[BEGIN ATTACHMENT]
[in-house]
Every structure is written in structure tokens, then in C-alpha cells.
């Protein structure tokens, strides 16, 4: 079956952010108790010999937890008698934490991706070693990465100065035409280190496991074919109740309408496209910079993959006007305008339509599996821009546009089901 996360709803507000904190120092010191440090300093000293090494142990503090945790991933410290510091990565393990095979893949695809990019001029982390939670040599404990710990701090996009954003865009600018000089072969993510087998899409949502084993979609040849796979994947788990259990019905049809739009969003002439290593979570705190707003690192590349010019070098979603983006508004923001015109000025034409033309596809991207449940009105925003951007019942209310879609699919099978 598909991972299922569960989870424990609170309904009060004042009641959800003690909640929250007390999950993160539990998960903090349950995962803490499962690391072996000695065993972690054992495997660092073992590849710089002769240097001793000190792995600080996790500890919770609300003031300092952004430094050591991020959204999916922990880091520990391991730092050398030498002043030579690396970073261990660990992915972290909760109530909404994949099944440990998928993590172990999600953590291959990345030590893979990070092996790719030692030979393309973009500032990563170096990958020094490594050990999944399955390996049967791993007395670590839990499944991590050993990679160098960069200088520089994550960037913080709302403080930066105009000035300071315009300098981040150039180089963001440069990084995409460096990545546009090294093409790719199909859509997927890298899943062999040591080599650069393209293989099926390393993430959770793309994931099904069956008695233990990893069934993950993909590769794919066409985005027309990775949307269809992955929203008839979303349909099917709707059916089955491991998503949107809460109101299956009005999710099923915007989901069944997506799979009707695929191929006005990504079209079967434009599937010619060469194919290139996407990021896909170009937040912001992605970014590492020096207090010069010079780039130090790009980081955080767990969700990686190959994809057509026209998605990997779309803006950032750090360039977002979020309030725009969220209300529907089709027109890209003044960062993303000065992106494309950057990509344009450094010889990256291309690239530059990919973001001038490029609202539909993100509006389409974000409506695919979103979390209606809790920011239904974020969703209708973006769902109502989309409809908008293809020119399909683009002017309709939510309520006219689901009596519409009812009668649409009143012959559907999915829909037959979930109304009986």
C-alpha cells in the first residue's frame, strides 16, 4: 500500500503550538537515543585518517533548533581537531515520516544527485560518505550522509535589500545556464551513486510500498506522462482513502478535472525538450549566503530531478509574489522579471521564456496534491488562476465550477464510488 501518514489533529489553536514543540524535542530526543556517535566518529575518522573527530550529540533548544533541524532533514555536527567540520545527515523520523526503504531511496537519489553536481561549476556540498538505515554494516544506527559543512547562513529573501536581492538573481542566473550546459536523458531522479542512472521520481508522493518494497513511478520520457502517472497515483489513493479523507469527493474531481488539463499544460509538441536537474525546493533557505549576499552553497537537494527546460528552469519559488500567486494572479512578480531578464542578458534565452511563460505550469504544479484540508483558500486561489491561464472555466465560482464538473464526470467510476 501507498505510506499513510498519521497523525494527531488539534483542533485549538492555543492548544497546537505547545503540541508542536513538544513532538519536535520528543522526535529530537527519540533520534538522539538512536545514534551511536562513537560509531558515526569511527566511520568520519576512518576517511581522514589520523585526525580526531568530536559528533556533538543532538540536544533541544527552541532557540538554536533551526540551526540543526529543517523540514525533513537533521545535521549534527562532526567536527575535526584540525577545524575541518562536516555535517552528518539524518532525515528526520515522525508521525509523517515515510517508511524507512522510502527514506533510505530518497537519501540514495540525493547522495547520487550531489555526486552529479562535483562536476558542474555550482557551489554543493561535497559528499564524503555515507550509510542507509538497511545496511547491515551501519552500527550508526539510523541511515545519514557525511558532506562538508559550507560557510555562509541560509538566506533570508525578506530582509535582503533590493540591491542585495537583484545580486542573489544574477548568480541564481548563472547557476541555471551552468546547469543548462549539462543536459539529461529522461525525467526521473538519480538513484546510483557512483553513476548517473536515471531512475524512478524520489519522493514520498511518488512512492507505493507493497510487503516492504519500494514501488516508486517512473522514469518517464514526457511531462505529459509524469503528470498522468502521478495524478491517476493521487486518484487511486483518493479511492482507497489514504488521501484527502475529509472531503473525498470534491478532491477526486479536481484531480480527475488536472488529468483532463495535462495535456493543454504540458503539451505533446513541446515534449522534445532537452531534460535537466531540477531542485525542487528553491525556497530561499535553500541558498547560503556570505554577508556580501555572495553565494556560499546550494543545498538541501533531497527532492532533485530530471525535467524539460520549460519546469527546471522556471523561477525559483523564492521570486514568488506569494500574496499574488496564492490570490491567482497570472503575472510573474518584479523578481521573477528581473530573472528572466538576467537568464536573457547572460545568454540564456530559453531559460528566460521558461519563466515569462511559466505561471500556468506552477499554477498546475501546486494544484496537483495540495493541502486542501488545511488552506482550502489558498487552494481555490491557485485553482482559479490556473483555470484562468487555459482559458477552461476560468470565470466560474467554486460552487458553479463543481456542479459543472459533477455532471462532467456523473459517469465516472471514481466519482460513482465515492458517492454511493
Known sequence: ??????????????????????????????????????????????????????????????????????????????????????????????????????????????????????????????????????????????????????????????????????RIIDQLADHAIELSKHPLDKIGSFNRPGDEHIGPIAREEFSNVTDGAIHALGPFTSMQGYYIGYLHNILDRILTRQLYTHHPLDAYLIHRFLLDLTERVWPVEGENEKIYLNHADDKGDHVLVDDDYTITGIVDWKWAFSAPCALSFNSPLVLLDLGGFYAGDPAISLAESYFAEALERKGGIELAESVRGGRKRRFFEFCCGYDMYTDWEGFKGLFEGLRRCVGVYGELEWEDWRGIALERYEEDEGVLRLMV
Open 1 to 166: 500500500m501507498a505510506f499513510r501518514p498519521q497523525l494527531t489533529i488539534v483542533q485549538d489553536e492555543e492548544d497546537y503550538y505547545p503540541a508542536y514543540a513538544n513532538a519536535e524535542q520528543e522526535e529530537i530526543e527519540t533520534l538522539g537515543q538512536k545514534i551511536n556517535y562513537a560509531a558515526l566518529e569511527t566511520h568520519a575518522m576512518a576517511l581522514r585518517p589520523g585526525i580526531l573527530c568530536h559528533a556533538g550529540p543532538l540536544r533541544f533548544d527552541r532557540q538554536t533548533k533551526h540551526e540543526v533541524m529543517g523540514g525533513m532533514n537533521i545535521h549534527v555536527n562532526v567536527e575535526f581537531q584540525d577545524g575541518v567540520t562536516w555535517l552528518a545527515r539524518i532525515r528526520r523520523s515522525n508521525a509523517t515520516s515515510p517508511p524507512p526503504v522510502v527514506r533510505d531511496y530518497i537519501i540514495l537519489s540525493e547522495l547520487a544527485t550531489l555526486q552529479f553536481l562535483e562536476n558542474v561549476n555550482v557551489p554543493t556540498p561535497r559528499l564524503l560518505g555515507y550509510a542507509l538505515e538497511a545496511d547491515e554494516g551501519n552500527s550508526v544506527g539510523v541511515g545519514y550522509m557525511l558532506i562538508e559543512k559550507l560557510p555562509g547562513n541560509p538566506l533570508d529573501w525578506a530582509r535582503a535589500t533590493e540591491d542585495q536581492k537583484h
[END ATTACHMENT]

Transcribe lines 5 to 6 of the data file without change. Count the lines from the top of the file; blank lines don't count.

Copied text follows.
Known sequence: ??????????????????????????????????????????????????????????????????????????????????????????????????????????????????????????????????????????????????????????????????????RIIDQLADHAIELSKHPLDKIGSFNRPGDEHIGPIAREEFSNVTDGAIHALGPFTSMQGYYIGYLHNILDRILTRQLYTHHPLDAYLIHRFLLDLTERVWPVEGENEKIYLNHADDKGDHVLVDDDYTITGIVDWKWAFSAPCALSFNSPLVLLDLGGFYAGDPAISLAESYFAEALERKGGIELAESVRGGRKRRFFEFCCGYDMYTDWEGFKGLFEGLRRCVGVYGELEWEDWRGIALERYEEDEGVLRLMV
Open 1 to 166: 500500500m501507498a505510506f499513510r501518514p498519521q497523525l494527531t489533529i488539534v483542533q485549538d489553536e492555543e492548544d497546537y503550538y505547545p503540541a508542536y514543540a513538544n513532538a519536535e524535542q520528543e522526535e529530537i530526543e527519540t533520534l538522539g537515543q538512536k545514534i551511536n556517535y562513537a560509531a558515526l566518529e569511527t566511520h568520519a575518522m576512518a576517511l581522514r585518517p589520523g585526525i580526531l573527530c568530536h559528533a556533538g550529540p543532538l540536544r533541544f533548544d527552541r532557540q538554536t533548533k533551526h540551526e540543526v533541524m529543517g523540514g525533513m532533514n537533521i545535521h549534527v555536527n562532526v567536527e575535526f581537531q584540525d577545524g575541518v567540520t562536516w555535517l552528518a545527515r539524518i532525515r528526520r523520523s515522525n508521525a509523517t515520516s515515510p517508511p524507512p526503504v522510502v527514506r533510505d531511496y530518497i537519501i540514495l537519489s540525493e547522495l547520487a544527485t550531489l555526486q552529479f553536481l562535483e562536476n558542474v561549476n555550482v557551489p554543493t556540498p561535497r559528499l564524503l560518505g555515507y550509510a542507509l538505515e538497511a545496511d547491515e554494516g551501519n552500527s550508526v544506527g539510523v541511515g545519514y550522509m557525511l558532506i562538508e559543512k559550507l560557510p555562509g547562513n541560509p538566506l533570508d529573501w525578506a530582509r535582503a535589500t533590493e540591491d542585495q536581492k537583484h